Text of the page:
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Eagle Scout project involves prayer walk at CCHS

PROJECT COMPLETED — As an Eagle Scout project, Jack Blake, a member of Boy Scouts Troop 3 in Steubenville and a student at Catholic Central High School, created, constructed and installed a Stations of the Cross prayer walk outside the school. The project also included developing a sitting space under the side tree with a handmade wooden bench. Each station was donated and dedicated to a loved one. -- Contributed

STEUBENVILLE — A Catholic Central High School sophomore has completed his Eagle Scout project by creating, constructing and installing a Stations of the Cross prayer walk outside the school.

Jack Blake, a member of Boy Scouts Troop 3 in Steubenville, completed his service project during the summer, an undertaking that also included developing a sitting space under the side tree with a handmade wooden bench. Each artfully designed station was donated and dedicated to a loved one.

The son of Jeff and Julie Blake of Wintersville, Blake installed an outdoor Stations of the Cross prayer walk that spans the side wall of the building from the front to the back. It is made up of 14 posts that have shrines attached to the top of each post. The Stations of the Cross consist of 14 images of Jesus’ last hours on Earth, leading up to his death on the cross. He noted it is a very special place for Catholics to pray, reminding them of Jesus’ sacrifice for all humankind and allowing them to identify with Jesus throughout the 14 stations. There also a meditation bench that sits under the shade of a tall pine tree.

The purpose of the Eagle Scout project is to give the Scout an opportunity to plan, develop and give leadership to others in a service project that benefits an organization in the community. Blake worked with Tom Costello, CCHS principal, to plan where the stations would be placed. Blake wanted his Eagle Scout project to be one that would leave a legacy and be around for many years to come. The school’s small chapel can only fit about 20 people, and the Stations of the Cross path would allow for a place to pray that would accommodate more people and get the students outdoors.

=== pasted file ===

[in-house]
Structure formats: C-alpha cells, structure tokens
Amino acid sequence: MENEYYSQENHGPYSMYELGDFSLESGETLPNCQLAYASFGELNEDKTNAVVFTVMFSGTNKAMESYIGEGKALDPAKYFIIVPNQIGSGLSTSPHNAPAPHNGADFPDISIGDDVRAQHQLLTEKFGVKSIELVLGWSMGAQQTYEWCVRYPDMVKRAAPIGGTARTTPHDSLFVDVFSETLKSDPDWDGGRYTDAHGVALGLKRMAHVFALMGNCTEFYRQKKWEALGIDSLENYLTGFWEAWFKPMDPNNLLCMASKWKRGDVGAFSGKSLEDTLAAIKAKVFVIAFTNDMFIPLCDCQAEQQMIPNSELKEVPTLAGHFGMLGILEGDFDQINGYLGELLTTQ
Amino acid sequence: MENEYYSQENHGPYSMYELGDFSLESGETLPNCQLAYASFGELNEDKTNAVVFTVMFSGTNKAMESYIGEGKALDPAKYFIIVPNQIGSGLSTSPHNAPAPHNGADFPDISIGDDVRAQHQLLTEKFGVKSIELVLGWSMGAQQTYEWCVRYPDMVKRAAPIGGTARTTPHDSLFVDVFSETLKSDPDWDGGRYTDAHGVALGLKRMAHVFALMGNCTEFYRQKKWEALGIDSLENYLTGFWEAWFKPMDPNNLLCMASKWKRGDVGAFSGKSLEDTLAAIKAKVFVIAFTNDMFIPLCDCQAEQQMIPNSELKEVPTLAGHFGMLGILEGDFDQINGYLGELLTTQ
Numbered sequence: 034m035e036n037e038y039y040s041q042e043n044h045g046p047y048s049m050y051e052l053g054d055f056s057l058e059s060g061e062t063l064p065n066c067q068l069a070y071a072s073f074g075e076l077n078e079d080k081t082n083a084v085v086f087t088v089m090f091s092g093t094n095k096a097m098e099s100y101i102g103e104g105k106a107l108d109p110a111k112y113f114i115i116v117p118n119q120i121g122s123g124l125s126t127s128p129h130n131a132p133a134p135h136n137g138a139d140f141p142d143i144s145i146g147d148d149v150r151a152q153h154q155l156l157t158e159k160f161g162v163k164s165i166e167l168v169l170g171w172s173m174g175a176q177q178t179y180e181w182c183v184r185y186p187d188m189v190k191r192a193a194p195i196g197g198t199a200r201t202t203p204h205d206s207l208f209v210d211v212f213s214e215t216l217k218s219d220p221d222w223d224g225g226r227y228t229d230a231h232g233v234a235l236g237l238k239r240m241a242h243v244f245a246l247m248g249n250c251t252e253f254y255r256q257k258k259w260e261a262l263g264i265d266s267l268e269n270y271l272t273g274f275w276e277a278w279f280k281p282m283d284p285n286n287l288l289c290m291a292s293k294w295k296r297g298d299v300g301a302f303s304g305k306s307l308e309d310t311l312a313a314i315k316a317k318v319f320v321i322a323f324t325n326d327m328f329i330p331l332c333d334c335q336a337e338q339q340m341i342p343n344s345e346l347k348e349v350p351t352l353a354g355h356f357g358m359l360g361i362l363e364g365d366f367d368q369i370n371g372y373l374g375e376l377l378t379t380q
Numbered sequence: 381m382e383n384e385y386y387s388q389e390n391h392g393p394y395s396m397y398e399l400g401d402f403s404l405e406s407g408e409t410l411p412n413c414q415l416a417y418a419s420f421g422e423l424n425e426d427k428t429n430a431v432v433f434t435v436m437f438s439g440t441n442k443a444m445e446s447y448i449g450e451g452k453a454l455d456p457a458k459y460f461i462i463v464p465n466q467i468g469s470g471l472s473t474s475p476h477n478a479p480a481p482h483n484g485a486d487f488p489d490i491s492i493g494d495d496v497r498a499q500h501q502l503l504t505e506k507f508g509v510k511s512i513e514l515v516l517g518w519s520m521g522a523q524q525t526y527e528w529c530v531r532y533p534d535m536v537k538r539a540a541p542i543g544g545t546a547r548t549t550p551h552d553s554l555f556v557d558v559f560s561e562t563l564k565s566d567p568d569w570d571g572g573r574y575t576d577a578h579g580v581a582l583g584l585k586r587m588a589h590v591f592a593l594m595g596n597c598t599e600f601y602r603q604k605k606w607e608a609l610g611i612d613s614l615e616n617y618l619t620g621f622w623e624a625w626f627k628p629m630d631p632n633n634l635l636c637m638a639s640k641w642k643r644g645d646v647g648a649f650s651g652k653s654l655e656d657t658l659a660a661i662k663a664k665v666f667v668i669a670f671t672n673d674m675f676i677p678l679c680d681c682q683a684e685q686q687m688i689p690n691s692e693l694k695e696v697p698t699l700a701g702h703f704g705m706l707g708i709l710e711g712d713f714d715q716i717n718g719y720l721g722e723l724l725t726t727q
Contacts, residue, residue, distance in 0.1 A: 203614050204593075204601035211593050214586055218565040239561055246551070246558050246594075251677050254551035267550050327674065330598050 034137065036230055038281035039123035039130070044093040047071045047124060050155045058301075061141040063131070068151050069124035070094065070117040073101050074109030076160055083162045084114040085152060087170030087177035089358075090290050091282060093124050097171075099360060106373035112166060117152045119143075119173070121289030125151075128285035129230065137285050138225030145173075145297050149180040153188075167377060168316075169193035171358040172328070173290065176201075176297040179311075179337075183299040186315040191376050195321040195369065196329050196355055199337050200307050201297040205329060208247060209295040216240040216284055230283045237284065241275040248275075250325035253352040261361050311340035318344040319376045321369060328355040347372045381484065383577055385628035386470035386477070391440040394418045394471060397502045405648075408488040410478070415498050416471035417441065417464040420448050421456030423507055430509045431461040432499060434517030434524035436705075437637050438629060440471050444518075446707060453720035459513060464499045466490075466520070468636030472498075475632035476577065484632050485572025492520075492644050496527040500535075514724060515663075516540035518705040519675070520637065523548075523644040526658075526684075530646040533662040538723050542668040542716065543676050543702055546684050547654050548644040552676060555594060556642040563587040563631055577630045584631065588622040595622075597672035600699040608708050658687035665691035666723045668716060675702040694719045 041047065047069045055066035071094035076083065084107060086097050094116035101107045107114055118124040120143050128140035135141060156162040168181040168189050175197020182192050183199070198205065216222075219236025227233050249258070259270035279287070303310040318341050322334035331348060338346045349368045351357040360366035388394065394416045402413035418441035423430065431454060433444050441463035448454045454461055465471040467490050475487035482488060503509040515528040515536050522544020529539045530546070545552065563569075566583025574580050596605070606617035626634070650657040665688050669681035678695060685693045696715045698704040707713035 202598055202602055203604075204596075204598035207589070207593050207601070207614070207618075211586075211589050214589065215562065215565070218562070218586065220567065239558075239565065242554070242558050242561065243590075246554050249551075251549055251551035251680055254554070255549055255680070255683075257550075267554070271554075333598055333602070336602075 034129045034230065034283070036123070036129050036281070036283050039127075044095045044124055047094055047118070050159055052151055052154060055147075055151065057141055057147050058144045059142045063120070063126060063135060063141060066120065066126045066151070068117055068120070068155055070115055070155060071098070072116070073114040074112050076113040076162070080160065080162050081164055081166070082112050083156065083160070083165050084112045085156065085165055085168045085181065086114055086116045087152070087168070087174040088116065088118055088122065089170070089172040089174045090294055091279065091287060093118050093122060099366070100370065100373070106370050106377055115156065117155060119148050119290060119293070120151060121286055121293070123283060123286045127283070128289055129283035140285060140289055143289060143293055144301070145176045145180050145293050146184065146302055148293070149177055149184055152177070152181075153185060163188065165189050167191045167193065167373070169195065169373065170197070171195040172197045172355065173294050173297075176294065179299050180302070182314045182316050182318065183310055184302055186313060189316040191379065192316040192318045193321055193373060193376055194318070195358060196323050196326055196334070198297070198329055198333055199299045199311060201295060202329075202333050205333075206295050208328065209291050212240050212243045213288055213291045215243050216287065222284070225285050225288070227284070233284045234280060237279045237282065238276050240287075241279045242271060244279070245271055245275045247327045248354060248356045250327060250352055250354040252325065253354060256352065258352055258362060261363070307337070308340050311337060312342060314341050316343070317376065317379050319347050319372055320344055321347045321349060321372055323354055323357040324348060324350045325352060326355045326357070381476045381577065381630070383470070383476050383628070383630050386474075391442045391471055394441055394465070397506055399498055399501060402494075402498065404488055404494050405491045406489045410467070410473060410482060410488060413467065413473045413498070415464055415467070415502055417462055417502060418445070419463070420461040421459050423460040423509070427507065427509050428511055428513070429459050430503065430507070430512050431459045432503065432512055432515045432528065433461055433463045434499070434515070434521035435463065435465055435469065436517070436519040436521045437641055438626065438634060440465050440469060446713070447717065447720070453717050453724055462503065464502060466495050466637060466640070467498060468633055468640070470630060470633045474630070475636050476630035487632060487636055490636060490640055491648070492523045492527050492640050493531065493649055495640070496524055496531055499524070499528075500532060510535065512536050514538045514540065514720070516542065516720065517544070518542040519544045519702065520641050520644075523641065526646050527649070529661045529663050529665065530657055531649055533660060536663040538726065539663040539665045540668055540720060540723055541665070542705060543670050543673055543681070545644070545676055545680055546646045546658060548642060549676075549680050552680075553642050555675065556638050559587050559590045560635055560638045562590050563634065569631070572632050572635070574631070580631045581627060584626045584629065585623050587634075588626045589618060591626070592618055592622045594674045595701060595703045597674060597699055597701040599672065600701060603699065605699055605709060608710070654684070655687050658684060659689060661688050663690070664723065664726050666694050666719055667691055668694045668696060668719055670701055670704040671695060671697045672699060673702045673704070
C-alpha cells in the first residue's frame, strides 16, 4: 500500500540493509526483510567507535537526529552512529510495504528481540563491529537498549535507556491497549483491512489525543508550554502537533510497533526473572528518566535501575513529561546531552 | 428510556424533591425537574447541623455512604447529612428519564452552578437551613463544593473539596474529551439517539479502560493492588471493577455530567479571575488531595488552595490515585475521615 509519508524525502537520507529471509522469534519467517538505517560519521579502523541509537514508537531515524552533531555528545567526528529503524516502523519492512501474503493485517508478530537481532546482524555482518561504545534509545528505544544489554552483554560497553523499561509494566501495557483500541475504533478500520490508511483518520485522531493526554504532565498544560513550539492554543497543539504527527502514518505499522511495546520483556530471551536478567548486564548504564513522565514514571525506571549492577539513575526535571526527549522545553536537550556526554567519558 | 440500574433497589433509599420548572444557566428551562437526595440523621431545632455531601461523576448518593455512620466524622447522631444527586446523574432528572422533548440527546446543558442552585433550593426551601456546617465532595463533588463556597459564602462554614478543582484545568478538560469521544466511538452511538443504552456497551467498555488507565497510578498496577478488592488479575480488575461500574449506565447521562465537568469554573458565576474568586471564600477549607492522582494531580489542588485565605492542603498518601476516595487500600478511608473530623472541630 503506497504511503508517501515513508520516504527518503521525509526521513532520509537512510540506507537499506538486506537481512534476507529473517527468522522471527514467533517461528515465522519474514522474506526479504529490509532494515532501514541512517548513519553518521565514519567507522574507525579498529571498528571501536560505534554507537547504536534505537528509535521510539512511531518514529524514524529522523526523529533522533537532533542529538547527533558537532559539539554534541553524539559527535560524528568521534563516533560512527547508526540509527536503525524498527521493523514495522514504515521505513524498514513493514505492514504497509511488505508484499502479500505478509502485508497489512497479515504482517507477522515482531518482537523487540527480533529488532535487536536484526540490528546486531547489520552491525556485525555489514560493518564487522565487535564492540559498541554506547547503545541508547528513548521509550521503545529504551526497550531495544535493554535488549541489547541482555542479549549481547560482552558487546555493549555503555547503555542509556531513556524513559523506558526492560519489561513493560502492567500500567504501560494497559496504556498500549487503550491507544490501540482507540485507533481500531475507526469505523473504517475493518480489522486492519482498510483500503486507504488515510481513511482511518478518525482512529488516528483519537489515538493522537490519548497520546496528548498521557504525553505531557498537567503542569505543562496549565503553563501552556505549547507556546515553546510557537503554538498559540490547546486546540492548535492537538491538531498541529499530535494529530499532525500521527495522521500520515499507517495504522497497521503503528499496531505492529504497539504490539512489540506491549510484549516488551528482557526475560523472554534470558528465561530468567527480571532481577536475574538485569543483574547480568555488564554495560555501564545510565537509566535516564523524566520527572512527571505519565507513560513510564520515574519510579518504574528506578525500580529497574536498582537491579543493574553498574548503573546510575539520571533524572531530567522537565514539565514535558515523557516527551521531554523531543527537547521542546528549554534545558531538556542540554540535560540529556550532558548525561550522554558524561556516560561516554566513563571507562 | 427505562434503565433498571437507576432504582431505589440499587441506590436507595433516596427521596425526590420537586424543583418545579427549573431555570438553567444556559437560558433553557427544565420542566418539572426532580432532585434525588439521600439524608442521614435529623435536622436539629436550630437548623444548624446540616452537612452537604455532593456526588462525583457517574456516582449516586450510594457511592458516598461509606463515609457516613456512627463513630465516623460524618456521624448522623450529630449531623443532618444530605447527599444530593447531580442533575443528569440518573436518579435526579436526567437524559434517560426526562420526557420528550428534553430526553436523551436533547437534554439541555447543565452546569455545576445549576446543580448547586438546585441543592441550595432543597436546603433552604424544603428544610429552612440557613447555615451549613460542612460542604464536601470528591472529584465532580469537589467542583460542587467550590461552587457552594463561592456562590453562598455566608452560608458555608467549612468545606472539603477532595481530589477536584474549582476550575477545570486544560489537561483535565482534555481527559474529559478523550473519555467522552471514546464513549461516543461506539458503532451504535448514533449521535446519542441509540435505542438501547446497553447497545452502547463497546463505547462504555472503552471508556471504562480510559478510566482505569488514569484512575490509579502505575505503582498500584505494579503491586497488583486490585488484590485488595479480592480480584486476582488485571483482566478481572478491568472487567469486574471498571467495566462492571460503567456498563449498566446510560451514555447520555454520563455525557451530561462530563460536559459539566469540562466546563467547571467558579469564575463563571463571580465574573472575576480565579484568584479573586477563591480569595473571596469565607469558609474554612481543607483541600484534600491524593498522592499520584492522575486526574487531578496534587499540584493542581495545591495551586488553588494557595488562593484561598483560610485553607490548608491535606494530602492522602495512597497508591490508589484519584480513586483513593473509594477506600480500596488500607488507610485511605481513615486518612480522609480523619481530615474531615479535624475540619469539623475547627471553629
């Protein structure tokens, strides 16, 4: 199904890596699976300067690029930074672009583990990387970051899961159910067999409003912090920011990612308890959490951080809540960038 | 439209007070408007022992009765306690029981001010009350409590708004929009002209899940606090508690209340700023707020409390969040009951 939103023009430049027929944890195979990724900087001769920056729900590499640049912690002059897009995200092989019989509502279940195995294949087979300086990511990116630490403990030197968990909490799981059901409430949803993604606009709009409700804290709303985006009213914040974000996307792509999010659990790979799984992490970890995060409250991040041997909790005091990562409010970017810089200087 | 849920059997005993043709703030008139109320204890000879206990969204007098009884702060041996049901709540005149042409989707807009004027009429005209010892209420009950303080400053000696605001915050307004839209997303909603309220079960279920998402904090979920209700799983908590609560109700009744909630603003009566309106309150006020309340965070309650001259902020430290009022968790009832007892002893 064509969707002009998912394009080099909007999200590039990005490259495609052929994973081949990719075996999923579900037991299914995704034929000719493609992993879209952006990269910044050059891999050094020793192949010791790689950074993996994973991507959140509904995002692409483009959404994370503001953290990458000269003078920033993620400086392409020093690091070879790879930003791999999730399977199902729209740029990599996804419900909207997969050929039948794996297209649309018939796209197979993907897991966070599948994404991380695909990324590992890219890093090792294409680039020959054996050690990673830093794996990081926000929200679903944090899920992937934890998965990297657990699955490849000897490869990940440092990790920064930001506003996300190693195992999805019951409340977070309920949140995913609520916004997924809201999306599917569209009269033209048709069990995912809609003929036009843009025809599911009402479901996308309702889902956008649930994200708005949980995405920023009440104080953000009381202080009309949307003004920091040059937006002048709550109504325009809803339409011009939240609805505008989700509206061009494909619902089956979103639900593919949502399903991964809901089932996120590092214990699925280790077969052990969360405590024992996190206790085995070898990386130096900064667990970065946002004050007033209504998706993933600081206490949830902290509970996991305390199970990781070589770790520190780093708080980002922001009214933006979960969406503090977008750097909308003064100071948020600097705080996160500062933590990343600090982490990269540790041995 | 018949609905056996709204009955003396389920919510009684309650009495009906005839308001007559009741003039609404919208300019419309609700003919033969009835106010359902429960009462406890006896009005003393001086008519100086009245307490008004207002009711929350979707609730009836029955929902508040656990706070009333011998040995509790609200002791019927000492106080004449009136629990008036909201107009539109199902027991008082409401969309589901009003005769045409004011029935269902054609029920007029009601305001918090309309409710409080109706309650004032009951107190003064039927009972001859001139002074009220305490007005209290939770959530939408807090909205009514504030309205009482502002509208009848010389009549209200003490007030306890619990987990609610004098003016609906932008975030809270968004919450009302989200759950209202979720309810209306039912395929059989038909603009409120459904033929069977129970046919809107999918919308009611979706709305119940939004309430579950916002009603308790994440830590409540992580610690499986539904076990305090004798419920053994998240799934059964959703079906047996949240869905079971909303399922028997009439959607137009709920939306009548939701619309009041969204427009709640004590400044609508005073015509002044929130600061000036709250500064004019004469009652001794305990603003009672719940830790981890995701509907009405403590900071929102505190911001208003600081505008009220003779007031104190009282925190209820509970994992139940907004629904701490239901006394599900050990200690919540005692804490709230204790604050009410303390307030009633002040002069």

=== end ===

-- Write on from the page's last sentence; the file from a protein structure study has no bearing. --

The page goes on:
Supplies were donated or discounted from four local businesses, and the remainder of the project was funded by a “dress-down day” fundraiser held at CCHS and by sponsorships for each individual station. Nelson’s Fine Art and Gifts, Weirton Lumber, DiGregory’s Greenhouse and Lowe’s Home Improvement made contributions.

Each station has a plaque that lists its donor, and some are in memory of loved ones. The response for sponsors was humbling, according to Blake, who in less than three days had all the stations sponsored as part of a project that touched many people’s hearts. Blake and members of his Boy Scout troop installed the stations and landscaped around each one.

The Scouts removed grass, cleaned up trash, dug post holes, cut 4 X 4’s, attached the station shrines, laid landscaping fabric, spread mulch, added pathway landscaping lights and placed the stone meditation bench. The project involved more than 235 hours, four onsite work days and many days of planning.

Blake passed his final Board of Review in July at Fort Steuben Scout Reservation, earning the honor of Eagle Scout. His accomplishments will be celebrated at a Court of Honor at the end of September.

Blake plays in the marching, concert and steel drum bands at Central and is a member of the CCHS and Fellowship of the Pawns chess clubs. He also is a swimmer on the CCHS swim team and participates in the school musicals. He is a parishioner at Holy Family Church.

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